Film Review: Into Temptation (95 minutes, Directed by Patrick Doyle)
By James Zimmerman
Into Temptation, the new film written and directed by Patrick Coyle, takes its viewers on a trip through guilt, sin, and redemption. The film explores the causes and effects in a person’s life that lead, ultimately, to desperate decisions.
If it sounds like heavy subject matter, it is. But the film manages to not get bogged down in pity for its characters, though it relies heavily on religious motivations and traditions. Those who have never been Catholic, and particularly those who have never been religious, may find it difficult to sympathize with Linda’s desire for absolution.
Linda, played by Kristin Chenoweth (better known as Olive from Pushing Daisies) is a prostitute seeking to get all her affairs – please excuse the pun – in order before she ends her existence. Though her actions belie it – it’s been 19 years since her last confession – she’s apparently never mentally left the Catholic Church, and she looks for solace by visiting a confessional booth just as the priest is hoping to end his shift.
The tale of her life, frustratingly excised from the scene, coupled with his impending need to perform mass, leave the priest at a loss for words – so much, in fact, that he neglects his duty to the wayward soul. Linda leaves, without being forgiven, and Father Buerlein (played by Jeremy Sisto) spends the rest of the film searching out this fallen Catholic.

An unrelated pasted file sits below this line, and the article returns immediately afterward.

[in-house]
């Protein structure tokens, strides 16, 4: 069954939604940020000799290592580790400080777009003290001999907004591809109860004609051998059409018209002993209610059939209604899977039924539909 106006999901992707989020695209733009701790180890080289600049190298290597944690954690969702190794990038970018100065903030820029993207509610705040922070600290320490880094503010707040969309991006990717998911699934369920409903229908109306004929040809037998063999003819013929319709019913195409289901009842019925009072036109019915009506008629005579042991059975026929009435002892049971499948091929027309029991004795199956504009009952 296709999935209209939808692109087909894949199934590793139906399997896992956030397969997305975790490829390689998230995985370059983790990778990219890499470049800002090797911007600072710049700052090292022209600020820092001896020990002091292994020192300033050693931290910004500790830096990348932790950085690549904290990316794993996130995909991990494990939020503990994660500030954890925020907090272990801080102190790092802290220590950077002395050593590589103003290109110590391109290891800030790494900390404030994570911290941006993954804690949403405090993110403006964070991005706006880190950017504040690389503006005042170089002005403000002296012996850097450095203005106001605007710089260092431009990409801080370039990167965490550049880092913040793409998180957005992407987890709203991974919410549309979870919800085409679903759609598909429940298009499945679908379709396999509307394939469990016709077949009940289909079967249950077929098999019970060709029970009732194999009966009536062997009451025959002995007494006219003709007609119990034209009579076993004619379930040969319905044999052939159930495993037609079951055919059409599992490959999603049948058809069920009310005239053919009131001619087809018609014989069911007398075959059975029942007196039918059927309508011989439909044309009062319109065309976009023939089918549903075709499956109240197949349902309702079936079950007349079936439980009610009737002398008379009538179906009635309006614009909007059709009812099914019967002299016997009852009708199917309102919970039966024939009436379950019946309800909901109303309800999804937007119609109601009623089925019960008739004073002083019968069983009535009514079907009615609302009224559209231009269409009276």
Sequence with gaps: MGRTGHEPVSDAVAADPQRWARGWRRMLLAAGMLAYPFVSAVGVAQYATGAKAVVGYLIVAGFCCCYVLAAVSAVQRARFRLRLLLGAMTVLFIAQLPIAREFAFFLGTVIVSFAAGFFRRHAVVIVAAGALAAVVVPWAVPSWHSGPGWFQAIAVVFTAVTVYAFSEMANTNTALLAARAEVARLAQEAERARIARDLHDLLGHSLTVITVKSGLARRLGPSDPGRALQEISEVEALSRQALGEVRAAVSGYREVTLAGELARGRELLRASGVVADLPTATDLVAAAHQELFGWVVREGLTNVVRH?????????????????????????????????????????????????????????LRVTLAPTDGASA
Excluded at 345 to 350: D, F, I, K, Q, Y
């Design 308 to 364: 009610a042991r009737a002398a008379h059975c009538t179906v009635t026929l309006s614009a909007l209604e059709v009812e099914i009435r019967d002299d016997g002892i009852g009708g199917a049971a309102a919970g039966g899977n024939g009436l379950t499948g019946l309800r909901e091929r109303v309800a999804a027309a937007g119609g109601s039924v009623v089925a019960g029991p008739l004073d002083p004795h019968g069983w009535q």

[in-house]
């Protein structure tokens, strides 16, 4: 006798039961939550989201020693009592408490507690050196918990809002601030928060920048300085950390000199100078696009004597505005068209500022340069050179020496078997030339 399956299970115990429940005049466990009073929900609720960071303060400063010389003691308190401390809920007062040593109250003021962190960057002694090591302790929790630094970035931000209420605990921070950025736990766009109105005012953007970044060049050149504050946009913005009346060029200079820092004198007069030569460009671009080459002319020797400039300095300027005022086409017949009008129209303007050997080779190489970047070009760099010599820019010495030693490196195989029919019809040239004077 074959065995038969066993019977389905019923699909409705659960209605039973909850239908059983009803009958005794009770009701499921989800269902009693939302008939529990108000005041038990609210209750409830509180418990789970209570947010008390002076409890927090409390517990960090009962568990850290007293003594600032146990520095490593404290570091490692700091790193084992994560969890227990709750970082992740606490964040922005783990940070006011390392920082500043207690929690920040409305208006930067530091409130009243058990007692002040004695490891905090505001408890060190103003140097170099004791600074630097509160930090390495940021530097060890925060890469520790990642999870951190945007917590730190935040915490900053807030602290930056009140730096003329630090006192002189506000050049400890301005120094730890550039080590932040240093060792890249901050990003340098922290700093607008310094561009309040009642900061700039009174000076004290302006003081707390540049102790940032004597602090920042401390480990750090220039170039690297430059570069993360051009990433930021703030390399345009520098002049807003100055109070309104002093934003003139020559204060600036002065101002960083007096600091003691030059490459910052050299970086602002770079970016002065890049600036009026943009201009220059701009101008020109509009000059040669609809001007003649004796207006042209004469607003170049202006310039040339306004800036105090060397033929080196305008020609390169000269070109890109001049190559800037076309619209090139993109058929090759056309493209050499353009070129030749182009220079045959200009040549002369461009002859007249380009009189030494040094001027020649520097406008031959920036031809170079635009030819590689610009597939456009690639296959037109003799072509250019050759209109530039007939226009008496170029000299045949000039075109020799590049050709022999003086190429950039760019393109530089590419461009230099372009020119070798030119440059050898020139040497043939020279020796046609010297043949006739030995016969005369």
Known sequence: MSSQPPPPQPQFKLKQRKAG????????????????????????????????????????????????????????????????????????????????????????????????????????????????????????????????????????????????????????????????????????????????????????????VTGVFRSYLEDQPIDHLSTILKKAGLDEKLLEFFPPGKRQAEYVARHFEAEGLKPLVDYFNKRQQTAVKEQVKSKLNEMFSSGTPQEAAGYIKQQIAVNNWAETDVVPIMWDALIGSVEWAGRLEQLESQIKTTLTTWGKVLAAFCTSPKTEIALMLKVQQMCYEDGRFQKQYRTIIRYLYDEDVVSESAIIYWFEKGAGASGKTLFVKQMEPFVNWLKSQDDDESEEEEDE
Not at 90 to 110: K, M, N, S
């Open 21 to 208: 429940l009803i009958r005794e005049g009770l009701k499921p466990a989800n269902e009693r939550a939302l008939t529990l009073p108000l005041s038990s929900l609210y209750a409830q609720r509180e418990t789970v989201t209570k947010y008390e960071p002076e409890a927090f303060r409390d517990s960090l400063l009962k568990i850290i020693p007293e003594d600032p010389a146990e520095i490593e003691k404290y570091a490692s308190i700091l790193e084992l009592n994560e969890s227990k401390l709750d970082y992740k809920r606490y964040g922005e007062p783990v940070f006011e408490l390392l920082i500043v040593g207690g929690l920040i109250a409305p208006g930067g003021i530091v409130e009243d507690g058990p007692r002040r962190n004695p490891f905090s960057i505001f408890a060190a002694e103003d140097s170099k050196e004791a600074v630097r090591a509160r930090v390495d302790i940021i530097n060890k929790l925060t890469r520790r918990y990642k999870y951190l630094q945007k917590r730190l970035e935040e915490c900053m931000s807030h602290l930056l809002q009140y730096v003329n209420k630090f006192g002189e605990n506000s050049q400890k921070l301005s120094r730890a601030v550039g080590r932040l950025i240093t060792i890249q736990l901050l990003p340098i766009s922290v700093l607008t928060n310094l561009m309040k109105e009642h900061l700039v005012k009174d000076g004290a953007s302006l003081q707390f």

Buerlein’s search is a maddening race against the clock. He knows only Linda’s birthday (she intends to take her life on her birthday) and the sound of her voice. He tries to sketch her appearance, but seeing her only obliquely through the screen of a confessional booth, he knows only the shape of her mouth, her neck, and her chest (donned, appropriately, with a cross nestled in a plunging neckline). Buerlein seeks out the assistance of neighbors, taxicab drivers, bartenders, and fellow priest Father O’Brien, played by Brian Baumgartner (better known as Kevin from The Office), whose cynicism and greed paint a striking juxtaposition between the two religious leaders. In time, Buerlein has no other choice but to go literally into temptation, and our hapless hero soon finds himself hobnobbing with pimps, prostitutes, and criminals as he visits night clubs, adult stores, and seedy back alleys.
Again, for non-believers, the character’s challenges may seem a little trite and his difficulties unfounded. But without the limitations and structure imposed by his religion, the film would have little to go on. As it is, Buerlein openly expresses his own doubts and his unease with the religion’s rigidity; in one scene, he tells a parishioner he isn’t sure if prayer even works. In another, he appalls his congregation by using unsavory words. “Let’s say a prayer for the bastard who mugged me,” he says from the pulpit.
Into Temptation transpires in Minneapolis, and it offers many scenes and shots of places familiar to Twin Cities residents. The film is beautifully bookended with flashbacks to Linda’s childhood, both of which shed light on the story that unfolds in between. Apart from a pointless subplot featuring the return of Buerlein’s former lover, the story is tight and the pacing adequate. Go see this film before it leaves the few theaters it’s in.
Depiction, where explicit or implicit, of deities: 4/5
Depiction, whether explicit or implicit, of religion: 3/5
View of valuing this life as opposed to an afterlife: 2/5
Positive view of self-reliance: 1/5
Championship of reason: 2/5
Bottom line: 4/5